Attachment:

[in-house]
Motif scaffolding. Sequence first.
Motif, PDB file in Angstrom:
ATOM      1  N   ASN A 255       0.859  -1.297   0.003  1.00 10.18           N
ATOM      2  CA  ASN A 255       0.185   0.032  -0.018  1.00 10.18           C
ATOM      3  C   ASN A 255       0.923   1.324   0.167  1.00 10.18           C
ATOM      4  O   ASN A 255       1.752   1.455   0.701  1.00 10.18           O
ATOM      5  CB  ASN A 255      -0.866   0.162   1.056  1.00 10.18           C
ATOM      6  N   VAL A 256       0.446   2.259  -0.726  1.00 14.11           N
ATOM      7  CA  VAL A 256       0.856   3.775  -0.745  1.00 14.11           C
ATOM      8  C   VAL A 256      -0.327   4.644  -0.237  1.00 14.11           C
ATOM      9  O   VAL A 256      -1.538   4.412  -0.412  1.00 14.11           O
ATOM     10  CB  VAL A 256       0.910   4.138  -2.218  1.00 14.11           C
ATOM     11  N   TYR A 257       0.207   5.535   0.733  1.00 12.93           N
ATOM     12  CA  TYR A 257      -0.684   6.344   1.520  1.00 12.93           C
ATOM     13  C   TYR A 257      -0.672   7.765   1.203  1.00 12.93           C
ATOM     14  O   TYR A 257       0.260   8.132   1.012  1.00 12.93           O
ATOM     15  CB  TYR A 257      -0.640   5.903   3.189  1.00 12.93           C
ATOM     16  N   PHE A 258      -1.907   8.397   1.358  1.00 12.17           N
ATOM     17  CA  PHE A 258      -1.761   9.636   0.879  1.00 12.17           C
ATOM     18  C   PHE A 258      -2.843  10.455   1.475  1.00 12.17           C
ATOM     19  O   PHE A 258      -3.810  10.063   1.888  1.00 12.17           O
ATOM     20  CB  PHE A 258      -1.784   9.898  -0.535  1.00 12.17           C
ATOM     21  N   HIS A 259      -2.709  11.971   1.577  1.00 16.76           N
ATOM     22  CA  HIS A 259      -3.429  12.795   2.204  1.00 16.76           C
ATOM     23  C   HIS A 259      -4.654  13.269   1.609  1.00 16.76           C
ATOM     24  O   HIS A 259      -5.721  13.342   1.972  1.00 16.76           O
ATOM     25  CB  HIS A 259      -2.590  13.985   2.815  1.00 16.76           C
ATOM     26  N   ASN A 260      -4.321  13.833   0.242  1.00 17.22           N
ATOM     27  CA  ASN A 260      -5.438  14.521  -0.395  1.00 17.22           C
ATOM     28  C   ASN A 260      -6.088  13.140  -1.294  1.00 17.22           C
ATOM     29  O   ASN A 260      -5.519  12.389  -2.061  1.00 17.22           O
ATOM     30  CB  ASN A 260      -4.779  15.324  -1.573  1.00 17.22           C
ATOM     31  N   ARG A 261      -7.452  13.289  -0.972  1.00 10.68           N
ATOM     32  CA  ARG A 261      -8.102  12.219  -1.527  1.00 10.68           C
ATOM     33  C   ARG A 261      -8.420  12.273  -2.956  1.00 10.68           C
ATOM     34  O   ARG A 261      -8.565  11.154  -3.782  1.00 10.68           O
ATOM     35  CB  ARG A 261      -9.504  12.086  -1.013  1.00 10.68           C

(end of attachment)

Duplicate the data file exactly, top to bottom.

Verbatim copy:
[in-house]
Motif scaffolding. Sequence first.
Motif, PDB file in Angstrom:
ATOM      1  N   ASN A 255       0.859  -1.297   0.003  1.00 10.18           N
ATOM      2  CA  ASN A 255       0.185   0.032  -0.018  1.00 10.18           C
ATOM      3  C   ASN A 255       0.923   1.324   0.167  1.00 10.18           C
ATOM      4  O   ASN A 255       1.752   1.455   0.701  1.00 10.18           O
ATOM      5  CB  ASN A 255      -0.866   0.162   1.056  1.00 10.18           C
ATOM      6  N   VAL A 256       0.446   2.259  -0.726  1.00 14.11           N
ATOM      7  CA  VAL A 256       0.856   3.775  -0.745  1.00 14.11           C
ATOM      8  C   VAL A 256      -0.327   4.644  -0.237  1.00 14.11           C
ATOM      9  O   VAL A 256      -1.538   4.412  -0.412  1.00 14.11           O
ATOM     10  CB  VAL A 256       0.910   4.138  -2.218  1.00 14.11           C
ATOM     11  N   TYR A 257       0.207   5.535   0.733  1.00 12.93           N
ATOM     12  CA  TYR A 257      -0.684   6.344   1.520  1.00 12.93           C
ATOM     13  C   TYR A 257      -0.672   7.765   1.203  1.00 12.93           C
ATOM     14  O   TYR A 257       0.260   8.132   1.012  1.00 12.93           O
ATOM     15  CB  TYR A 257      -0.640   5.903   3.189  1.00 12.93           C
ATOM     16  N   PHE A 258      -1.907   8.397   1.358  1.00 12.17           N
ATOM     17  CA  PHE A 258      -1.761   9.636   0.879  1.00 12.17           C
ATOM     18  C   PHE A 258      -2.843  10.455   1.475  1.00 12.17           C
ATOM     19  O   PHE A 258      -3.810  10.063   1.888  1.00 12.17           O
ATOM     20  CB  PHE A 258      -1.784   9.898  -0.535  1.00 12.17           C
ATOM     21  N   HIS A 259      -2.709  11.971   1.577  1.00 16.76           N
ATOM     22  CA  HIS A 259      -3.429  12.795   2.204  1.00 16.76           C
ATOM     23  C   HIS A 259      -4.654  13.269   1.609  1.00 16.76           C
ATOM     24  O   HIS A 259      -5.721  13.342   1.972  1.00 16.76           O
ATOM     25  CB  HIS A 259      -2.590  13.985   2.815  1.00 16.76           C
ATOM     26  N   ASN A 260      -4.321  13.833   0.242  1.00 17.22           N
ATOM     27  CA  ASN A 260      -5.438  14.521  -0.395  1.00 17.22           C
ATOM     28  C   ASN A 260      -6.088  13.140  -1.294  1.00 17.22           C
ATOM     29  O   ASN A 260      -5.519  12.389  -2.061  1.00 17.22           O
ATOM     30  CB  ASN A 260      -4.779  15.324  -1.573  1.00 17.22           C
ATOM     31  N   ARG A 261      -7.452  13.289  -0.972  1.00 10.68           N
ATOM     32  CA  ARG A 261      -8.102  12.219  -1.527  1.00 10.68           C
ATOM     33  C   ARG A 261      -8.420  12.273  -2.956  1.00 10.68           C
ATOM     34  O   ARG A 261      -8.565  11.154  -3.782  1.00 10.68           O
ATOM     35  CB  ARG A 261      -9.504  12.086  -1.013  1.00 10.68           C